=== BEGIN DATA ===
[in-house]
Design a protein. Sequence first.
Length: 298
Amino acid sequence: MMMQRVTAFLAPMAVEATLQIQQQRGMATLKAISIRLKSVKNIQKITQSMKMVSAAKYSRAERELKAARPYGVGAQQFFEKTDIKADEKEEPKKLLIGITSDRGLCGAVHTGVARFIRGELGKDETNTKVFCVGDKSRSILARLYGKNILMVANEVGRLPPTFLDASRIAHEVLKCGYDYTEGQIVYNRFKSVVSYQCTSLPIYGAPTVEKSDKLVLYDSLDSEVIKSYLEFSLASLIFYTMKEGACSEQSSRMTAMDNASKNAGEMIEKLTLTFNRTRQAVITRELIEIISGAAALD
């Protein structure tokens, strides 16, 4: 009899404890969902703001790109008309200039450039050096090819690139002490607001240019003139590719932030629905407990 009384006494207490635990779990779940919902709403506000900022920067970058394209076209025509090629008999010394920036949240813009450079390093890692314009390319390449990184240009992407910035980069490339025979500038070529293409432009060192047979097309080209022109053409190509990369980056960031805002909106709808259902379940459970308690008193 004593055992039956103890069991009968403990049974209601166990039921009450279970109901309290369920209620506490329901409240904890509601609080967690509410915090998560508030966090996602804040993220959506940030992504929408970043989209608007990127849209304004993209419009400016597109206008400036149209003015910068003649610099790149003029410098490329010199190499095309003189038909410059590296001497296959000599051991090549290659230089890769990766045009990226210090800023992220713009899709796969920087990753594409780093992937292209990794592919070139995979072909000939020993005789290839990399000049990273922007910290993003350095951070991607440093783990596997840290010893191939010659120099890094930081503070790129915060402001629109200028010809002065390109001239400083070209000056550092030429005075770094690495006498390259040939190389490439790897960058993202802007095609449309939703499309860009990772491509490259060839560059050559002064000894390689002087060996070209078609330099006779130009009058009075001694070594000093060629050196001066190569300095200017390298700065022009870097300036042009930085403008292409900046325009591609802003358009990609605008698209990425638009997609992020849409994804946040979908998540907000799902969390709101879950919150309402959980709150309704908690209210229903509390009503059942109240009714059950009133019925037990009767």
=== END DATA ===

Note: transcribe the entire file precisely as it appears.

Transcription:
[in-house]
Design a protein. Sequence first.
Length: 298
Amino acid sequence: MMMQRVTAFLAPMAVEATLQIQQQRGMATLKAISIRLKSVKNIQKITQSMKMVSAAKYSRAERELKAARPYGVGAQQFFEKTDIKADEKEEPKKLLIGITSDRGLCGAVHTGVARFIRGELGKDETNTKVFCVGDKSRSILARLYGKNILMVANEVGRLPPTFLDASRIAHEVLKCGYDYTEGQIVYNRFKSVVSYQCTSLPIYGAPTVEKSDKLVLYDSLDSEVIKSYLEFSLASLIFYTMKEGACSEQSSRMTAMDNASKNAGEMIEKLTLTFNRTRQAVITRELIEIISGAAALD
């Protein structure tokens, strides 16, 4: 009899404890969902703001790109008309200039450039050096090819690139002490607001240019003139590719932030629905407990 009384006494207490635990779990779940919902709403506000900022920067970058394209076209025509090629008999010394920036949240813009450079390093890692314009390319390449990184240009992407910035980069490339025979500038070529293409432009060192047979097309080209022109053409190509990369980056960031805002909106709808259902379940459970308690008193 004593055992039956103890069991009968403990049974209601166990039921009450279970109901309290369920209620506490329901409240904890509601609080967690509410915090998560508030966090996602804040993220959506940030992504929408970043989209608007990127849209304004993209419009400016597109206008400036149209003015910068003649610099790149003029410098490329010199190499095309003189038909410059590296001497296959000599051991090549290659230089890769990766045009990226210090800023992220713009899709796969920087990753594409780093992937292209990794592919070139995979072909000939020993005789290839990399000049990273922007910290993003350095951070991607440093783990596997840290010893191939010659120099890094930081503070790129915060402001629109200028010809002065390109001239400083070209000056550092030429005075770094690495006498390259040939190389490439790897960058993202802007095609449309939703499309860009990772491509490259060839560059050559002064000894390689002087060996070209078609330099006779130009009058009075001694070594000093060629050196001066190569300095200017390298700065022009870097300036042009930085403008292409900046325009591609802003358009990609605008698209990425638009997609992020849409994804946040979908998540907000799902969390709101879950919150309402959980709150309704908690209210229903509390009503059942109240009714059950009133019925037990009767």